Just like a military veteran or two that aren't offended by people wearing the US flag apparel doesn't tell us how military veterans as whole feel about it.

If I had to guess, I'd guess not too many people are offended by either one. Some people get offended any time customs and courtesies are violated. Some people couldn't care less about any customs and courtesies even when they're just good manners. Most people probably notice when customs and courtesies are violated, but don't get very excited about it.

But, if it does bother them, I don't have a problem with them saying so. Doesn't mean it would change my behavior, but I'd at least consider their concerns if I knew it bothered them.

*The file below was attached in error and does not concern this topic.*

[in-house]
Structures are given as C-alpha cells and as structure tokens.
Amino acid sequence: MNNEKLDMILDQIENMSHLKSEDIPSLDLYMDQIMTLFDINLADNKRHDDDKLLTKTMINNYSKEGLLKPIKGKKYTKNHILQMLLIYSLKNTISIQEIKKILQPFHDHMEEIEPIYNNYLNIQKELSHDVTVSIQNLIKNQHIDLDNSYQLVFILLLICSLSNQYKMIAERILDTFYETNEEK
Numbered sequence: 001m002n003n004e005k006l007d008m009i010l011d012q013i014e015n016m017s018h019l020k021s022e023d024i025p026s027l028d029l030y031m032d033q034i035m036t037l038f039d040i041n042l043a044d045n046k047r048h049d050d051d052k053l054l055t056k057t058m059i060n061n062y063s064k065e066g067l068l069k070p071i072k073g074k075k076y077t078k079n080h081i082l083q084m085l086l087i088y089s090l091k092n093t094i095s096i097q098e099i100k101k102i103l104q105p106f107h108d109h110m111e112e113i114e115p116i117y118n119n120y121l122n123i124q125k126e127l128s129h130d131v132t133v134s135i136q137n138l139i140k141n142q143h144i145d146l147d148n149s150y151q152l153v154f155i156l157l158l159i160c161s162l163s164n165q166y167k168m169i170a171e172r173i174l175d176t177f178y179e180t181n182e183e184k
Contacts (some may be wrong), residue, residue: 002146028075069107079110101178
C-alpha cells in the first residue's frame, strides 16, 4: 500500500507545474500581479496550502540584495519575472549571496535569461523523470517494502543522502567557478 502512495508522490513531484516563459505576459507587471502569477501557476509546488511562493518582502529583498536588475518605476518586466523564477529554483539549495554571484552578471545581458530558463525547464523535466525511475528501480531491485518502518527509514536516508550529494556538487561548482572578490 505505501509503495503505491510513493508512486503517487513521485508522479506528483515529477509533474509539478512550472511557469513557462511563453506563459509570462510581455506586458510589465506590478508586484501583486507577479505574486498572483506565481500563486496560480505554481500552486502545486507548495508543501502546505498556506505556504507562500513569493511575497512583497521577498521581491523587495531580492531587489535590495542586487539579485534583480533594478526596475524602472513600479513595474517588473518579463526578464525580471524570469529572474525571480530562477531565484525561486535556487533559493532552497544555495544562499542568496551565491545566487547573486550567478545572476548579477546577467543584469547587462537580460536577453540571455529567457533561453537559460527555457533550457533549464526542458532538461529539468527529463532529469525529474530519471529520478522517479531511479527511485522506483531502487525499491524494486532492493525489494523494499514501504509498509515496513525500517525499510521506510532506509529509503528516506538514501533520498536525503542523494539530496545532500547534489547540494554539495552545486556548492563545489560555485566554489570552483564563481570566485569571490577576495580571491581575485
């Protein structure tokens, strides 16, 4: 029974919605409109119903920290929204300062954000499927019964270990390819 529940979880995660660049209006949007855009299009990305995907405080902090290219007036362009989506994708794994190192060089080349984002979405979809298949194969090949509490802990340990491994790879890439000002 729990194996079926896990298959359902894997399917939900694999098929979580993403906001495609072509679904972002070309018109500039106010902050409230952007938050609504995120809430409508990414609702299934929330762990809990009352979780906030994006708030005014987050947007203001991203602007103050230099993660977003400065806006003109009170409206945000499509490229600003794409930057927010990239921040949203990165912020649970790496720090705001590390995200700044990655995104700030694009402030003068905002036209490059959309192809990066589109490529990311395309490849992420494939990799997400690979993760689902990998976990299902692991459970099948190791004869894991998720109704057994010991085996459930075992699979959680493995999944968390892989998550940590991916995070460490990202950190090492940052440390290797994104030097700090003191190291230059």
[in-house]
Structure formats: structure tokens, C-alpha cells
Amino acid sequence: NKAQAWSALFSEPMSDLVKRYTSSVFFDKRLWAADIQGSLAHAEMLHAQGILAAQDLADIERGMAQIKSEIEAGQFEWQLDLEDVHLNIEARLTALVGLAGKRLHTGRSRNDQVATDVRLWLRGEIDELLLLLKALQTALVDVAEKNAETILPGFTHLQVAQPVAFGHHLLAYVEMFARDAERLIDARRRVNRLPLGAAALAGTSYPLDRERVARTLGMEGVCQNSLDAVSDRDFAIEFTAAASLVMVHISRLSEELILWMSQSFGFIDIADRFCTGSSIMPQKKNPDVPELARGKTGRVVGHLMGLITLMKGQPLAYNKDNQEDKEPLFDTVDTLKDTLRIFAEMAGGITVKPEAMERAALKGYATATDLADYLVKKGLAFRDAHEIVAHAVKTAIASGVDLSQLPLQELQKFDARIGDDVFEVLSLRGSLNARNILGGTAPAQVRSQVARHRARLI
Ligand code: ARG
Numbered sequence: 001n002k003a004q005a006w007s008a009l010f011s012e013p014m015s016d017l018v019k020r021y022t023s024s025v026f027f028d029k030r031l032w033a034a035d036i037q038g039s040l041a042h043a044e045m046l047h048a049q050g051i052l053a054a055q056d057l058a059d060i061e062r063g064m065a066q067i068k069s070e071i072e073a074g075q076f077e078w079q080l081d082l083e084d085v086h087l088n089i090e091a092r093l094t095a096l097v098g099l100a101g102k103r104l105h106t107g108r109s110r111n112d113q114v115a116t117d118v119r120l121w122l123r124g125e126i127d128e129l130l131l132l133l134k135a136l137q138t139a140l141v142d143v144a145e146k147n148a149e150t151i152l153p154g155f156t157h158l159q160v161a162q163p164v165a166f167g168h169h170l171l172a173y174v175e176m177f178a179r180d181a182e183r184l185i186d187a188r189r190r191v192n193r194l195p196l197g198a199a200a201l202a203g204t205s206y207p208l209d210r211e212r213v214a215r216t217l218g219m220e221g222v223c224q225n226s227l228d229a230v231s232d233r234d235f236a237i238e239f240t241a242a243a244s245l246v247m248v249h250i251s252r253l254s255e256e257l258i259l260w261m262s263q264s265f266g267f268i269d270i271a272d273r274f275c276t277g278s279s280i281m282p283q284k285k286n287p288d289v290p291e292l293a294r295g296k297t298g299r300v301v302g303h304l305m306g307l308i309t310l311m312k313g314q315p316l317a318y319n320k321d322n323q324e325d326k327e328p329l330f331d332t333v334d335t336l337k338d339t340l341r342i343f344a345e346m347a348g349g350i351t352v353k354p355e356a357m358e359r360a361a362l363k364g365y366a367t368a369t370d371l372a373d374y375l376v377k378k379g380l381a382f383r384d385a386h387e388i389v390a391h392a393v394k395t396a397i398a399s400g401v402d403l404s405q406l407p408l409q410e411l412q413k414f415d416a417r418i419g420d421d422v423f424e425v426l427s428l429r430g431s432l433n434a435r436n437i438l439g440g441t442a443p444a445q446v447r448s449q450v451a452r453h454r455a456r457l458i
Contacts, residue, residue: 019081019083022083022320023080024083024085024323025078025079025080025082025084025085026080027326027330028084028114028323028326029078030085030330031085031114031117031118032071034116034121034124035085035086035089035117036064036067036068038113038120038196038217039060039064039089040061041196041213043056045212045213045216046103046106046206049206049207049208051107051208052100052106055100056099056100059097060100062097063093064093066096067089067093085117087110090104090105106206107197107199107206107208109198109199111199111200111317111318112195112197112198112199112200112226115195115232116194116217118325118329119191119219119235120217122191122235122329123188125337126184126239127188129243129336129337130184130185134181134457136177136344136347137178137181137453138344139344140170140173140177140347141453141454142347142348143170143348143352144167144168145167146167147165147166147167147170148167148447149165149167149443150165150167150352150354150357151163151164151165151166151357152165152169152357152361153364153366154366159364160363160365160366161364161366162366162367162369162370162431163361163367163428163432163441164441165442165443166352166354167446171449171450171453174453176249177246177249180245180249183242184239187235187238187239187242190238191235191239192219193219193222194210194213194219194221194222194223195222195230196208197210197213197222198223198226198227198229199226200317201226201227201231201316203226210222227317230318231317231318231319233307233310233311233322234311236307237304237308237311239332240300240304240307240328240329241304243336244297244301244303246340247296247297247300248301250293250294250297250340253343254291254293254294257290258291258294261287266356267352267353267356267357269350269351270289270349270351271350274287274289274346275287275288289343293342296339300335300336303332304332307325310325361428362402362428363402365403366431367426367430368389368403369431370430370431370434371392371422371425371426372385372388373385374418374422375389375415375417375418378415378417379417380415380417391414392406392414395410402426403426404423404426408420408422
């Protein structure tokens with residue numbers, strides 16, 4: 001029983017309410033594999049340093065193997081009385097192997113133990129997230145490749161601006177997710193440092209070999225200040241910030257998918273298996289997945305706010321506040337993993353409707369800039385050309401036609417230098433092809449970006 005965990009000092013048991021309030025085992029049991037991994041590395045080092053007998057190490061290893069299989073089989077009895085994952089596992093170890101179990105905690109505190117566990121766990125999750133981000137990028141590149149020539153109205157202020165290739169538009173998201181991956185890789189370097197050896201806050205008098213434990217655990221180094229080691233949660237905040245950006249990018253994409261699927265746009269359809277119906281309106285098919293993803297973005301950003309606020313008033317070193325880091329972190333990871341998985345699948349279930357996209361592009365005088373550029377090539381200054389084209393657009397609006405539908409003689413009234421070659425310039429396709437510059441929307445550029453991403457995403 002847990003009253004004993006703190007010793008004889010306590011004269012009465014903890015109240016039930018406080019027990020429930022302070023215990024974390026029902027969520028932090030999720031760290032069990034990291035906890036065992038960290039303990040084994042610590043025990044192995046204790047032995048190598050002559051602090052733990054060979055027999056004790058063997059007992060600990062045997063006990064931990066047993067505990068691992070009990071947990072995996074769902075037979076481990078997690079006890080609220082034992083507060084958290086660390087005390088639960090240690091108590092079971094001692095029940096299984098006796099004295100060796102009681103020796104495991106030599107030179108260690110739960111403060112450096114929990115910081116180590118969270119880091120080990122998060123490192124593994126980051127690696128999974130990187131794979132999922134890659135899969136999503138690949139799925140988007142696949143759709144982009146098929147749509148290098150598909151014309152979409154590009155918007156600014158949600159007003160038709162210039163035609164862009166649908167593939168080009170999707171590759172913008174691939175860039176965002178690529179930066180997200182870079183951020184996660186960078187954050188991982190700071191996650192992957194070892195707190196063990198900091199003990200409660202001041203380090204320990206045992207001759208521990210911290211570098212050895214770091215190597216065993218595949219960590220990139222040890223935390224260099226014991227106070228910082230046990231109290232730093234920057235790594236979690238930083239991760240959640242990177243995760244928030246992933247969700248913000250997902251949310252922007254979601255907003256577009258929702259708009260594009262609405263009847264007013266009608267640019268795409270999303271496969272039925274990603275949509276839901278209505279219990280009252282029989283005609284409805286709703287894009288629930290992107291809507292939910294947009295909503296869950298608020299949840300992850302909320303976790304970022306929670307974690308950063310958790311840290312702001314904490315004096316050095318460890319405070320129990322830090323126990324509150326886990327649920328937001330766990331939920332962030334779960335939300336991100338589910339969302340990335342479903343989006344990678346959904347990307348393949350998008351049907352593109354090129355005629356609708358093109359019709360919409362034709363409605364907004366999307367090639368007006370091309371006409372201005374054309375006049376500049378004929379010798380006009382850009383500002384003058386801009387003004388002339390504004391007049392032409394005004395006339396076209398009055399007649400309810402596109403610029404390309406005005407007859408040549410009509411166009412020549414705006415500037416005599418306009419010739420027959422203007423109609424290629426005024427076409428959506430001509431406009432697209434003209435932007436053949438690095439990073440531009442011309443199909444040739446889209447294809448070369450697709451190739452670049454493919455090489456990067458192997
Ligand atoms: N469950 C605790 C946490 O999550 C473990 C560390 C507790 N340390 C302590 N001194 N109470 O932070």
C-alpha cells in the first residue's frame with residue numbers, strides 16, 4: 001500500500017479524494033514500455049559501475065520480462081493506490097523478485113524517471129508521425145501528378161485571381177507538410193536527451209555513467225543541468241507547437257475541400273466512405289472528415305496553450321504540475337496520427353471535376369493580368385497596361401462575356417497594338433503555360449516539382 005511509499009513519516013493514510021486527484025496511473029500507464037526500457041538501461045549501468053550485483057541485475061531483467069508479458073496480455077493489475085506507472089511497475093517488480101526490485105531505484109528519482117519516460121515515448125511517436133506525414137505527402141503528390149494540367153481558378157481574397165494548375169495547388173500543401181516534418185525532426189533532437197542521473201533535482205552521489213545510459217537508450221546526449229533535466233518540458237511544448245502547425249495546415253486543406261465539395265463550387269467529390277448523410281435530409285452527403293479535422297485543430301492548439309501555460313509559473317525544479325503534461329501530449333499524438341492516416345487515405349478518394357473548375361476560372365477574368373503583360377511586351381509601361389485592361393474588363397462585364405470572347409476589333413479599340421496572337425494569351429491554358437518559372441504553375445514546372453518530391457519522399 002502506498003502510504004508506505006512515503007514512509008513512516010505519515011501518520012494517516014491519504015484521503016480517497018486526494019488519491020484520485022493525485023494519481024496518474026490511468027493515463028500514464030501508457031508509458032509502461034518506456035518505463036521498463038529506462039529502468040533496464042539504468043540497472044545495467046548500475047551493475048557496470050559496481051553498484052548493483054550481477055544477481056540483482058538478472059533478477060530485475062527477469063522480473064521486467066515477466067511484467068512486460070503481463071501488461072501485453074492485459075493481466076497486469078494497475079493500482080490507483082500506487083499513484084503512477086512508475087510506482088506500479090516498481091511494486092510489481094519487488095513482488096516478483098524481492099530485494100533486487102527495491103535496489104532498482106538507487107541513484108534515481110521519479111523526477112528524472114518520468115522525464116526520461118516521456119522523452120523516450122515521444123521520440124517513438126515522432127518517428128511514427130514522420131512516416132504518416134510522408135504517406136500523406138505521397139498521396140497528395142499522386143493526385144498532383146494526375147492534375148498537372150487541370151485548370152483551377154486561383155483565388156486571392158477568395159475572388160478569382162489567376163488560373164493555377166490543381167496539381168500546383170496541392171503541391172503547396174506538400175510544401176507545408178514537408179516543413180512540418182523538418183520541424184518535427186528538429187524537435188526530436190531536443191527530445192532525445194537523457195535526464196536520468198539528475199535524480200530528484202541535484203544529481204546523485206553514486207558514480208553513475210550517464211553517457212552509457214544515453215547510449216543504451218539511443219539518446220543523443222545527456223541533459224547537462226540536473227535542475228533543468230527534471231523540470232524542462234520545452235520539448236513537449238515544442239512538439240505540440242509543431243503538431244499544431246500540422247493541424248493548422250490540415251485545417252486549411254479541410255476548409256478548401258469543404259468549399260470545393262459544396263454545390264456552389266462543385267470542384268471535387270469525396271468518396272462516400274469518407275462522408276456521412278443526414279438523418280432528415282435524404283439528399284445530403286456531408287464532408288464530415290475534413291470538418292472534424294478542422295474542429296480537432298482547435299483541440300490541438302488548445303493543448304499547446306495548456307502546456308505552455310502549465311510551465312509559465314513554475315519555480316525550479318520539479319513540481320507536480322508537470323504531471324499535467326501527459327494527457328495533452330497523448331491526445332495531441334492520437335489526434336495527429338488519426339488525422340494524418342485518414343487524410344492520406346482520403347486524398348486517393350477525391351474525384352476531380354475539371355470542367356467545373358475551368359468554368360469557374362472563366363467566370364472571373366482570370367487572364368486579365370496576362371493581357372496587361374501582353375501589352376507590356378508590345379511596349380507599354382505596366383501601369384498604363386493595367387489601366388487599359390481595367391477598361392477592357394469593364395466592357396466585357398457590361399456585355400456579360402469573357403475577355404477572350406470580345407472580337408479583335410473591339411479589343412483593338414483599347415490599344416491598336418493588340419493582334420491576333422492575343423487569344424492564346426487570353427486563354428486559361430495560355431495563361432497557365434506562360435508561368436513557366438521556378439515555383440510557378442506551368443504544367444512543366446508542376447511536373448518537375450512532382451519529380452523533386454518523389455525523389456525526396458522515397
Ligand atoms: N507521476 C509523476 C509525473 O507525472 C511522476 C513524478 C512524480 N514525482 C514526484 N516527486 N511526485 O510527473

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 Quote by aquitaine People don't have the right not to be offended. To say otherwise is inviting a whole mess of trouble along with some very outrageous restrictions on individual rights.
I, too, find this a very strange way to say things.

It almost sounds as if you're saying that you don't have the right to say anything about things you don't like. As if you're saying the offender deserves more rights than the offended.

I think it's more accurate to say the offended person doesn't have the right to force the offender to change.

If the offender is offended by the offended's comments about what the offender did, then what would you suggest the offender do in response to the offended's offensive comments? (geez, I wish I could say this 10 times fast)